"You'll need more than that, Flapp. You've got to stay away from home until this matter blows over, or until your old man patches things up with that Aaron Fairchild and the White Corners authorities. I've got a plan, if you care to listen to it."

"Sure, I'll listen--if you'll only let me have that money."

"I'll let you have all you want--providing you'll agree to help me."

"Well, what is your plan? But first tell me, how about this woman?" And Flapp nodded his head toward Mother Matterson.

"Don't you worry about her," grinned Dan Baxter. "I've got her fixed. She won't squeal."

"Then go ahead."

"As I said before, the best thing you can do is to stay away from home until this unpleasantness blows over. Write to your father and tell him it is all a mistake, and that you are not guilty but that you can't prove it. Ask him to square the thing with Aaron Fairchild and the others, and tell him you are going on an ocean trip and won't be back until you know you are safe. Then you come with me, and we'll have a jolly good time, besides squaring up matters with the Rovers."

"Where are you going and how are you going to square matters with them?

"I've learned a thing or two since I came here. At first I was going to try to fix them while they were at home, but now I've learned that they are going away on a houseboat trip on the Ohio and the Mississippi. I propose to follow them and give them more than they want the first opportunity that presents itself."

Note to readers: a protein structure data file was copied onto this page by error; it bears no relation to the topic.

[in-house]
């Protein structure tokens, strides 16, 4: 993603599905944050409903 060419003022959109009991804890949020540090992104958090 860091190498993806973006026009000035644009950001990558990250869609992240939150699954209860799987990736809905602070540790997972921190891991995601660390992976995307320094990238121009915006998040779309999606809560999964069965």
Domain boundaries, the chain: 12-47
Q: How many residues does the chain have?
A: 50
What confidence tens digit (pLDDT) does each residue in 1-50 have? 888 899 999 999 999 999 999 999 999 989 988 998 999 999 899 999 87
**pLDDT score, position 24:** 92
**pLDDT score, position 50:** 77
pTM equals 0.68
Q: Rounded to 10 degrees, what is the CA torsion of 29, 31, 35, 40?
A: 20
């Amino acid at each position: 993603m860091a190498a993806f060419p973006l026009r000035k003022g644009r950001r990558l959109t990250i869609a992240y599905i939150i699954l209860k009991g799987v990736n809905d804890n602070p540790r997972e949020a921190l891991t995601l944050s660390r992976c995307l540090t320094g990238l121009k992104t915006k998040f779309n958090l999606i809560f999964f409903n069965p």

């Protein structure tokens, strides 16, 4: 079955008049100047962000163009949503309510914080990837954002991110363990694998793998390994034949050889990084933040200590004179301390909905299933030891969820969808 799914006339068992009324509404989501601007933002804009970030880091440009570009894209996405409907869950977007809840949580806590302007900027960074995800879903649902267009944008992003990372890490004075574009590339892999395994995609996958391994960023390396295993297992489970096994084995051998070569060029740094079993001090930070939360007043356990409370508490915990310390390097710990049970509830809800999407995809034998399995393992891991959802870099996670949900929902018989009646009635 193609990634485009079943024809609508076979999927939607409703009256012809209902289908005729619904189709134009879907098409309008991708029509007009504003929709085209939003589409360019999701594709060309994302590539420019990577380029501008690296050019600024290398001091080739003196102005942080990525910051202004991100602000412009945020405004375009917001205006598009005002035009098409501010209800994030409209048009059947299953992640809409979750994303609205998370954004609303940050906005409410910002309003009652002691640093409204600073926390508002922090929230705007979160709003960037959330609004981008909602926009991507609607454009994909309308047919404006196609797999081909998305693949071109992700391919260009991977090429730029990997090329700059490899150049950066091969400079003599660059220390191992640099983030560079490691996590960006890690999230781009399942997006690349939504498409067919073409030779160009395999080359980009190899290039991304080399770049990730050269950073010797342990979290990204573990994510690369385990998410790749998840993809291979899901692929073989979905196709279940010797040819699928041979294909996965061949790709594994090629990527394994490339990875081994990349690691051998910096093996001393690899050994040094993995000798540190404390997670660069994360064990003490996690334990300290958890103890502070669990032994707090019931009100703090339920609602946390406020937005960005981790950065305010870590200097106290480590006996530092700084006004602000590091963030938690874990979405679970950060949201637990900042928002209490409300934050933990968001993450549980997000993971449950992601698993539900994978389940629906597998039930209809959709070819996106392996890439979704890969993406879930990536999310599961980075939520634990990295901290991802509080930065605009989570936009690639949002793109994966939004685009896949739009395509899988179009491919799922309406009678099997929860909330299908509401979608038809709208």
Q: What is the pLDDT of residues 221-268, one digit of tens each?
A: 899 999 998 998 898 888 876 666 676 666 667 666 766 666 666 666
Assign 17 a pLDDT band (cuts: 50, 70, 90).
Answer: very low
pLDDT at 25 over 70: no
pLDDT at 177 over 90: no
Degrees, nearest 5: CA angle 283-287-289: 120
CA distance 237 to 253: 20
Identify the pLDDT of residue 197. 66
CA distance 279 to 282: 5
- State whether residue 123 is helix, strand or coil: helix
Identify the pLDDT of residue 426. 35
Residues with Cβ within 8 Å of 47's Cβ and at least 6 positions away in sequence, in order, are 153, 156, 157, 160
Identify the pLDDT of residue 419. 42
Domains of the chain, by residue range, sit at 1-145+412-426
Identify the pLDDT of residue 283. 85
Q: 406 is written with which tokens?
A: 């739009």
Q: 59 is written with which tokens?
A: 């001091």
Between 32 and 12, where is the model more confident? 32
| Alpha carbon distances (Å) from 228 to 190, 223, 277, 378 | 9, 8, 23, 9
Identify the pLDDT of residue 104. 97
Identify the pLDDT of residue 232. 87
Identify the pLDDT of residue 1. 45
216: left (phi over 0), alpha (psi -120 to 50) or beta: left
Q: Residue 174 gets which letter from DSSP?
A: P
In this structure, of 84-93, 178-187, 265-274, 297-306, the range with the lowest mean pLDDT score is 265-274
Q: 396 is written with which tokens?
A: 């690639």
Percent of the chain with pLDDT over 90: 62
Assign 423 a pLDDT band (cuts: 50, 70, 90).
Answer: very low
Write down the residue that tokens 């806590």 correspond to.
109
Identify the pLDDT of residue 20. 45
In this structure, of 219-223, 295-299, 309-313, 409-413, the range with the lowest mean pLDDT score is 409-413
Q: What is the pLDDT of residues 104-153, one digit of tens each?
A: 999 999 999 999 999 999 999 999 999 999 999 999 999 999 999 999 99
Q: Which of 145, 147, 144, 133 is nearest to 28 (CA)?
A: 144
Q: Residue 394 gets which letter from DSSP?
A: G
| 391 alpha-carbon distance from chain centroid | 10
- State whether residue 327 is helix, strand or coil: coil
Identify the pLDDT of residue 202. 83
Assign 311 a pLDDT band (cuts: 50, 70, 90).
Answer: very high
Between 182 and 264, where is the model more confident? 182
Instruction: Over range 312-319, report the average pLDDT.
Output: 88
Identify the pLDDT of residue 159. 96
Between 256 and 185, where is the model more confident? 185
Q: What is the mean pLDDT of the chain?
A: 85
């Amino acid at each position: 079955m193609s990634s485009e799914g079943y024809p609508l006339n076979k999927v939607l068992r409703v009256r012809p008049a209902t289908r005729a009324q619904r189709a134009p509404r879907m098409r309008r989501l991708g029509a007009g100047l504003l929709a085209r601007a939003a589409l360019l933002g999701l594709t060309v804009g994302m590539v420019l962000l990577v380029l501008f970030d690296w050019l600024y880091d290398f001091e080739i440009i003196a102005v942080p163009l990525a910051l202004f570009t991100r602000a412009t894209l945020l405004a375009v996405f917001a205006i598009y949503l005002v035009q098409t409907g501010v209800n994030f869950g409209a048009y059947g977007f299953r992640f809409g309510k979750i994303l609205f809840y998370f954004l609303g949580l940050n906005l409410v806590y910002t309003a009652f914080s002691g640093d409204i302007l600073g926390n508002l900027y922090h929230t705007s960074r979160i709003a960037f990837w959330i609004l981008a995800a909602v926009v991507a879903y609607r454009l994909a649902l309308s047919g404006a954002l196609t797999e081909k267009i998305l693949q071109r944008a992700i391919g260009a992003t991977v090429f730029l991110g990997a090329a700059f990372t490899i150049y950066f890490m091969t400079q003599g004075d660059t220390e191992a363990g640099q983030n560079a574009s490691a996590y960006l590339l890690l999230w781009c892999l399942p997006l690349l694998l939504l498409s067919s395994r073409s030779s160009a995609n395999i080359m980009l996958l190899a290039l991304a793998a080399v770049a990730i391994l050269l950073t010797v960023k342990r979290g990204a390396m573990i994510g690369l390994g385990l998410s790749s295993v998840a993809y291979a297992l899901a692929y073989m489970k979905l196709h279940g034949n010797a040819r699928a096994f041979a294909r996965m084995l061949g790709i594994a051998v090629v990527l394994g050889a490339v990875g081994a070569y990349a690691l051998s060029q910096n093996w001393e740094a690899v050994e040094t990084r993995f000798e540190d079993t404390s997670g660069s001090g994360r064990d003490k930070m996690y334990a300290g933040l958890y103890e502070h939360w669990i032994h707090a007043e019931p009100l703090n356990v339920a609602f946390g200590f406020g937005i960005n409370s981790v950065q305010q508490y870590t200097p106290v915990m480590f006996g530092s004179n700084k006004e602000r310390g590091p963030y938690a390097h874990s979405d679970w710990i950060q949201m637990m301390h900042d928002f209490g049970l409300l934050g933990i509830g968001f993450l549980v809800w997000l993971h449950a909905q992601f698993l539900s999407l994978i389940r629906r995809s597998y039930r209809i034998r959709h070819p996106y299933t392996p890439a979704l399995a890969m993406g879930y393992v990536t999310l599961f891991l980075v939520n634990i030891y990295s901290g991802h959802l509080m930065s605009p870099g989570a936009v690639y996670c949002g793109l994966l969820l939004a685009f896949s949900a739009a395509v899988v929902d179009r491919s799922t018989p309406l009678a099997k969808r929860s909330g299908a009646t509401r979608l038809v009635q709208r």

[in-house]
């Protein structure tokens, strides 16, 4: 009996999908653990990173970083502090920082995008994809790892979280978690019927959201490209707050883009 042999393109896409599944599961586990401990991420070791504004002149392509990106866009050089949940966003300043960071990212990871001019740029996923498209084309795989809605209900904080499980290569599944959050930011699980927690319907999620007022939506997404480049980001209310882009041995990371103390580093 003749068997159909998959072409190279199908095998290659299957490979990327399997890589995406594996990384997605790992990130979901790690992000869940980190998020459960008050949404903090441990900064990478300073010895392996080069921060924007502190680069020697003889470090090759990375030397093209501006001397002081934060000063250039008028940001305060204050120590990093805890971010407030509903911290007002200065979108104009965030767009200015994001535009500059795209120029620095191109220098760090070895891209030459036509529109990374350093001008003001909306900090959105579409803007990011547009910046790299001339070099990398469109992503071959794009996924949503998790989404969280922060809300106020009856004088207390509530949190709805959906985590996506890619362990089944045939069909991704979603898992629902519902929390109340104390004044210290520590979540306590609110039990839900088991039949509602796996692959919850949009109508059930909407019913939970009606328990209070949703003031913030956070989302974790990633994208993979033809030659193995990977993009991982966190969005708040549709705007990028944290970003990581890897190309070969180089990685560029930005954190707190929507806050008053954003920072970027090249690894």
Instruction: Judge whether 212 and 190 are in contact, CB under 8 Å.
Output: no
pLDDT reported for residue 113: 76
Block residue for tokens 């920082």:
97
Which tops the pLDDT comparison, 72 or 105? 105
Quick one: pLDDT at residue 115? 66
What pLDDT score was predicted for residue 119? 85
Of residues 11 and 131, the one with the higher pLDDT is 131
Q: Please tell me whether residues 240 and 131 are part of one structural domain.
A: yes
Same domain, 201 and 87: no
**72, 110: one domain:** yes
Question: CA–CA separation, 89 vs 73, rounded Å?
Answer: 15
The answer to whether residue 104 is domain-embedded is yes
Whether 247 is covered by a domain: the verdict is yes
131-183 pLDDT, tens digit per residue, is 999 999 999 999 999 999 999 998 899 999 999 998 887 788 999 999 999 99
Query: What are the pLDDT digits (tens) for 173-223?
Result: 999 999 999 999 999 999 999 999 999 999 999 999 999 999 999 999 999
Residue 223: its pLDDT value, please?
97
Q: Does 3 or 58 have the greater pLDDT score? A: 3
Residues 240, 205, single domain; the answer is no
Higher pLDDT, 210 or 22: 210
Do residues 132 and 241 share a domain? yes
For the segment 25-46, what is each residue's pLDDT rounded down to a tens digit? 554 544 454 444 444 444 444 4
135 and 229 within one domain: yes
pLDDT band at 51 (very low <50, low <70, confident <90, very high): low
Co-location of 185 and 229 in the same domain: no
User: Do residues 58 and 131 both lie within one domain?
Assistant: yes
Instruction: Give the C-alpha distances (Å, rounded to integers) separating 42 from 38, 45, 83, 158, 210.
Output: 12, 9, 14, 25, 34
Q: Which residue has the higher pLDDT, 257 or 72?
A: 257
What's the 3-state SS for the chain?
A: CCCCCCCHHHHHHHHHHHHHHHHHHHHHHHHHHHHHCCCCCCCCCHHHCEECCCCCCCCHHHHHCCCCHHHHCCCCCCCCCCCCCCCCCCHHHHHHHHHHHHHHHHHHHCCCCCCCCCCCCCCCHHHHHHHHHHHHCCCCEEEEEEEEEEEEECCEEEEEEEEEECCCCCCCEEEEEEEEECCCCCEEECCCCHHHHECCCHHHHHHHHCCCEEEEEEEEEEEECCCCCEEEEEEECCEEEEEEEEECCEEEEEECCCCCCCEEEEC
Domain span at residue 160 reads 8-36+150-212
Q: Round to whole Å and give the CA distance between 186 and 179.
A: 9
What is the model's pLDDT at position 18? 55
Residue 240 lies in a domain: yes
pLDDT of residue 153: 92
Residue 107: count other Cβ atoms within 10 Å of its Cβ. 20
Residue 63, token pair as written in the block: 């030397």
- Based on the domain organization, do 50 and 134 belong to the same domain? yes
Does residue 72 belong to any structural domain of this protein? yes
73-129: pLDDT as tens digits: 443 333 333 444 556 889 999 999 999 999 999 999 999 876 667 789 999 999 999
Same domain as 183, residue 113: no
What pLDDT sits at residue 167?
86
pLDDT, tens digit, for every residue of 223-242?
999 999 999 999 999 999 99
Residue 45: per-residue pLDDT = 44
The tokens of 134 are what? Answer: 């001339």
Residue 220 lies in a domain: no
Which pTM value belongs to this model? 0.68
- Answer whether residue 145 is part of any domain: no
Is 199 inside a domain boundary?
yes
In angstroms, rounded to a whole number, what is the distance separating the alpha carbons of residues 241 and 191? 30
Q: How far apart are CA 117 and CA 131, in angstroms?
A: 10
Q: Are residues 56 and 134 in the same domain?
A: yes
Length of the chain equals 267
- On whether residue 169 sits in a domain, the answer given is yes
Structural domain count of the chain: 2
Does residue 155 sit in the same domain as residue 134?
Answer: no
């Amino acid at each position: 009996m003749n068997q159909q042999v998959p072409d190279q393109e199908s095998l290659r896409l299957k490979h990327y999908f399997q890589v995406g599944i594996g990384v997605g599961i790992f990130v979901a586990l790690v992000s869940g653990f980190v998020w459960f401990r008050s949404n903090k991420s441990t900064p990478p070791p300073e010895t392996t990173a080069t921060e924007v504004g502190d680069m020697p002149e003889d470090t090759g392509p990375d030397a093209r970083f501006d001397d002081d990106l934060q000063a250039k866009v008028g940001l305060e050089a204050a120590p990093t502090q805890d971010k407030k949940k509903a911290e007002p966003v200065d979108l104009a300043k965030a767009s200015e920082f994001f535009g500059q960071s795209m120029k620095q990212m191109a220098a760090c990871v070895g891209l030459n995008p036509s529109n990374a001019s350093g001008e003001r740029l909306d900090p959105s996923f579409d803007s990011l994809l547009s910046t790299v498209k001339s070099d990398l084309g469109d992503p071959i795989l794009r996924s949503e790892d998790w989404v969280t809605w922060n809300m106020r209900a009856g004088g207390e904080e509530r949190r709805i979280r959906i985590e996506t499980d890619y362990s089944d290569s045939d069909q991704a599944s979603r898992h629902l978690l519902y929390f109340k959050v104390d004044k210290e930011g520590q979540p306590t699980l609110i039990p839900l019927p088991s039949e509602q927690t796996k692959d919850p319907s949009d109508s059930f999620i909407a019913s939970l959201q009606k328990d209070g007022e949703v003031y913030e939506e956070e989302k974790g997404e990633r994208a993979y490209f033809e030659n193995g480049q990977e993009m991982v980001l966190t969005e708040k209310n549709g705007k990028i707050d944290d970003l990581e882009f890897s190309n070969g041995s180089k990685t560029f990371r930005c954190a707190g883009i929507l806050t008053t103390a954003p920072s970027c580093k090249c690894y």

"You are certain about this houseboat trip?"

"I am."

"And who is going?"

"The three Rover boys and some of their school chums."

"Humph! I'd like to get square with the whole crowd!" muttered Lew Flapp. "I'd like to sink them in the middle of the Ohio River!"

"We'll square up, don't you worry," answered Dan Baxter. "I'm not forgetting all they've done against me in the past. If I had the chance I'd wring the neck of every one of them," he added, fiercely.

"I don't think it is safe to stay around here any longer," said Lew Flapp, after a pause. "Somebody may spot us both."

"I'm not going to stay any longer. We can get out on the night train. By the way, supposing Sam Rover doesn't get out of the river."

"What do you mean?" questioned Flapp, with a shiver, although he knew well enough.

"Maybe Sam Rover was drowned."

"Oh, don't say that!"

"Bah! Don't be chicken-hearted, Flapp."

"I--I--didn't mean to--to--kill him."

"I know you didn't. Just the same that is a dangerous river. The current is swift and it's full of rocks."